We were invited to a dinner party, and I was asked to bring dessert. As the party was the day after Christmas, and we're still in the official sugar holidaze, nothing but a Buche de Noel would do. So, in the midst of whipping up that Trifle, I was also carefully crafting the decorations for the buche.
If you've never seen a Buche de Noel, check out this wonderful post from Dorie Greenspan on the Parisian art that is the Buche.
The traditional "yule log" cakes are wonderful treats. They may look fancy, but they're really just a jelly roll. A genoise, or sponge cake, is coated in a tasty filling, rolled up,
then covered in ganache or frosting, and decorated to resemble a log. I've made these before and, really, I just love the fussiness of all the preparations.
There are the meringue mushrooms. Tasty on their own, these meringue confections are a breeze to make and they impress everyone! As Maida Heater, Goddess of Chocolate Desserts, suggests, just tumble the little meringues in a straw lined basket for a fabulous centerpiece, then pass it around for dessert. They last for a month if the atmosphere is dry. (Humidity turns them sticky.)
There is the marzipan. Kneaded with food coloring then sculpted into leaves, berries or whatever makes you happy. I had fun with the leaves. Thought about sculpting other things, but I wasn't happy with the execution. I need more practice! Marzipan also lasts forever, which means both mushrooms and marzipan can be made well in advance of making the buche.
Some Parisian buches are decorated with little people and I just love the idea of creating a whole winter wonderland, but there is the issue of GIANT LOGS and little teeny marzipan people - hey, it's all about scale! Nevertheless, I scurried around the house, checking out all the doo-dads that I've collected for Christmastime, just to see what I might be able to include in the wintry scene.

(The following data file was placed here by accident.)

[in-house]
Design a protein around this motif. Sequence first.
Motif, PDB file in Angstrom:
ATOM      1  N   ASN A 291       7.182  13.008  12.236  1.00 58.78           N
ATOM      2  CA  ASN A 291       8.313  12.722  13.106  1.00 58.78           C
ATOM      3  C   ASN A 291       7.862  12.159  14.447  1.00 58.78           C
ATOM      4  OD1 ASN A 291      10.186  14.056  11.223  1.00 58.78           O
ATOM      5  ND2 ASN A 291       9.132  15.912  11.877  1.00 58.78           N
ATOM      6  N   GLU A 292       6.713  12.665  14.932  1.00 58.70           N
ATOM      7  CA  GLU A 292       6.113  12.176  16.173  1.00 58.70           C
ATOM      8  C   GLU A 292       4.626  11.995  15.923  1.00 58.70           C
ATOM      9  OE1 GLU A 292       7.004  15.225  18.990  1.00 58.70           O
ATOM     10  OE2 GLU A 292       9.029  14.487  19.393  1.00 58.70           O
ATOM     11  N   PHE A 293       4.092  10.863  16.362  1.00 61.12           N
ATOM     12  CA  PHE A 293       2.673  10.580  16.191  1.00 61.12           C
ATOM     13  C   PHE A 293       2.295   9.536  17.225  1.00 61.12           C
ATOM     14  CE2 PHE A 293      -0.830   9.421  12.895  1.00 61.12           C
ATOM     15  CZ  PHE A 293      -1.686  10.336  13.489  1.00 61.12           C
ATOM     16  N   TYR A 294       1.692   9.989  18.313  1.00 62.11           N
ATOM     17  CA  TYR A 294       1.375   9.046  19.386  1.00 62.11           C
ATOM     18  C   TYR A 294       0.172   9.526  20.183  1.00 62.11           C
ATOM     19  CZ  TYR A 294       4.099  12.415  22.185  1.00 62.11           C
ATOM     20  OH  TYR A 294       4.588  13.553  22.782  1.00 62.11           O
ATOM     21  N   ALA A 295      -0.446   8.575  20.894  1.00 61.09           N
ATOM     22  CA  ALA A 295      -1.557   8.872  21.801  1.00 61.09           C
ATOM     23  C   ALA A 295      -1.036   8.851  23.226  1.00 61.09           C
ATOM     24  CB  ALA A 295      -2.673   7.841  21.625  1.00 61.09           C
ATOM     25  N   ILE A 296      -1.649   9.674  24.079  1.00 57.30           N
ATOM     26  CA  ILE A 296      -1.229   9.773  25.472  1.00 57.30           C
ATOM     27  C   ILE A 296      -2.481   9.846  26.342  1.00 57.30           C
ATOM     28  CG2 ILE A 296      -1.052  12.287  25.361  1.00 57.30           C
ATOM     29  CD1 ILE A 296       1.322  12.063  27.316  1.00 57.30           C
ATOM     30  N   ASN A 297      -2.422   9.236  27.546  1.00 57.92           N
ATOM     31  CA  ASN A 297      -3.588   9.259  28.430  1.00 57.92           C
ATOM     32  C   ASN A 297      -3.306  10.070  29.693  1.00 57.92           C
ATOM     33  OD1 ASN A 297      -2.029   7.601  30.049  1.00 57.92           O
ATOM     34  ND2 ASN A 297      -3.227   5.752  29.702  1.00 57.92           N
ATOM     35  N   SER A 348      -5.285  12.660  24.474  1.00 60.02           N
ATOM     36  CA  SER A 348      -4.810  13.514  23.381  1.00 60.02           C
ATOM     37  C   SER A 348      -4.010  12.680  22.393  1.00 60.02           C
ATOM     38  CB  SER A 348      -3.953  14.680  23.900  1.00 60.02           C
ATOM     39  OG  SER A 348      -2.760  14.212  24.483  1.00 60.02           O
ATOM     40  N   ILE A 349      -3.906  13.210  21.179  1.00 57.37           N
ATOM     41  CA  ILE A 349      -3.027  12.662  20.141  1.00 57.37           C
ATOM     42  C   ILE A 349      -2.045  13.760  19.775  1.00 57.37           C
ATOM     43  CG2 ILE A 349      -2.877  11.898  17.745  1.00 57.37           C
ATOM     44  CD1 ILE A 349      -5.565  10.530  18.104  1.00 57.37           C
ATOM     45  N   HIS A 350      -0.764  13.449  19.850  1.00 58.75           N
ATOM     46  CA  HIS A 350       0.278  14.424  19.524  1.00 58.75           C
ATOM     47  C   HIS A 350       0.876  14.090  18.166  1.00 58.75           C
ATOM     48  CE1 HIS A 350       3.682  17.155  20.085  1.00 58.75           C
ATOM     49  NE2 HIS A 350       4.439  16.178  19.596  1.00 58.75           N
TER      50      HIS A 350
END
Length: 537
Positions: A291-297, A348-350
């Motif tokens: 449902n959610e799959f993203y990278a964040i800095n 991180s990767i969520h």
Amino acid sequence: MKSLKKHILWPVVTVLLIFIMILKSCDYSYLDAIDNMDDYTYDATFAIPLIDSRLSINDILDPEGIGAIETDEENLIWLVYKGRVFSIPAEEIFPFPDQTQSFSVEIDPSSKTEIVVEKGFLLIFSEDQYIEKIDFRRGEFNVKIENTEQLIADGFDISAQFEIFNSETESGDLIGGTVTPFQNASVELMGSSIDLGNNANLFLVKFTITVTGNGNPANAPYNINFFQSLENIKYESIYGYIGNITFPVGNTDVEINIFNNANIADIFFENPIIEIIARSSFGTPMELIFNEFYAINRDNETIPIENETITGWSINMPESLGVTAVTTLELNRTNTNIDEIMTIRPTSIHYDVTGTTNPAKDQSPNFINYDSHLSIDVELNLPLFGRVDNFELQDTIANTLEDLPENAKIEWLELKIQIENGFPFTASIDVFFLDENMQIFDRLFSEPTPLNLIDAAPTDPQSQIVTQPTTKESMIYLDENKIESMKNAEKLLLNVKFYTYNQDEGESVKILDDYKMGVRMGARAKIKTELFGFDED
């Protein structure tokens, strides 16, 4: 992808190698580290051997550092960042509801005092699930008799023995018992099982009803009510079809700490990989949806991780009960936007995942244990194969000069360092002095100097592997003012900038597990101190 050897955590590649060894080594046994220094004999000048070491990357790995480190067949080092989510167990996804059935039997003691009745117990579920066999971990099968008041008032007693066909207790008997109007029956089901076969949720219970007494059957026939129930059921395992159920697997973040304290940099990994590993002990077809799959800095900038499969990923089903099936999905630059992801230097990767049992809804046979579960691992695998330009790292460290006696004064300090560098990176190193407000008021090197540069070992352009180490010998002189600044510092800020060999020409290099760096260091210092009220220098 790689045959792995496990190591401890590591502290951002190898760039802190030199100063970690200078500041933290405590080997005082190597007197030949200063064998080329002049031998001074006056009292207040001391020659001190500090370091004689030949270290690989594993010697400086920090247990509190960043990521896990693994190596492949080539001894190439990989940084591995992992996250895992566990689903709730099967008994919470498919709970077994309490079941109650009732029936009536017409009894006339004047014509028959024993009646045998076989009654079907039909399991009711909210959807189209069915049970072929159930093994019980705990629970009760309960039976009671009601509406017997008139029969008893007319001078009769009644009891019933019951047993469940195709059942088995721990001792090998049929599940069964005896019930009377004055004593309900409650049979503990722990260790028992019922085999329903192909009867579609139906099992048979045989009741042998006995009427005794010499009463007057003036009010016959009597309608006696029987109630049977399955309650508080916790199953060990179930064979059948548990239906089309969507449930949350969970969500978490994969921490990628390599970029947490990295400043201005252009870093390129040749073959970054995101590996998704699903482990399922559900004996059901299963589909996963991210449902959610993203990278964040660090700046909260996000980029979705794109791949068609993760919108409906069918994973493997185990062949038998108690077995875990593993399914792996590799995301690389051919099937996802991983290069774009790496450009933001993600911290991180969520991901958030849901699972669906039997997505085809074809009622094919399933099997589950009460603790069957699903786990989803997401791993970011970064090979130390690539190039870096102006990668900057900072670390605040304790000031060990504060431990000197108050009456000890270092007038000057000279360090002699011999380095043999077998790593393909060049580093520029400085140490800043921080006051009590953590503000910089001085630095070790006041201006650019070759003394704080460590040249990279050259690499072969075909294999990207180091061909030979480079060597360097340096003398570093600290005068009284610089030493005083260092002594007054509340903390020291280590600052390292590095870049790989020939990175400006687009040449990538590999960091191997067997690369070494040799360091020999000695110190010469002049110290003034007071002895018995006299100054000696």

These cats and dogs look a little scary up close.
I finally landed on the Christmas Tree Angels. They fit in perfectly.
I prepped the huge silver platter (my grandmother's - what the heck did she do with this thing? it weighs a ton.) with greens and holly branches. Then, covered a piece of cardboard in foil, as I wanted to be able to frost the cake away from the platter, and, anyway, I couldn't fit the massive platter in the refrigerator.
I used Martha Stewart's recipe for the cake, making genoise,
ganache and mousse.
What isn't mentioned in her recipe is the need for hours!!!! of chilling. I wish, in retrospect, I had made the cake and the mousse the day before the party. I would have rolled the cake up in the morning of the party, then frosted it a couple of hours later.
As it was, I baked the cake in the morning of the party, and made the mousse around noon, and I was a little worried it there wouldn't be time to set up and chill properly.
All in all, it was a lot of fun to make. It was certainly enjoyed by everyone at the party, and made quite a splash. The buche served 8 easily, with a couple of pieces and a handful of meringue mushrooms left for the host & hostess.
So, no recipe in this post. Just a little bragging. It is pretty, don'tcha think?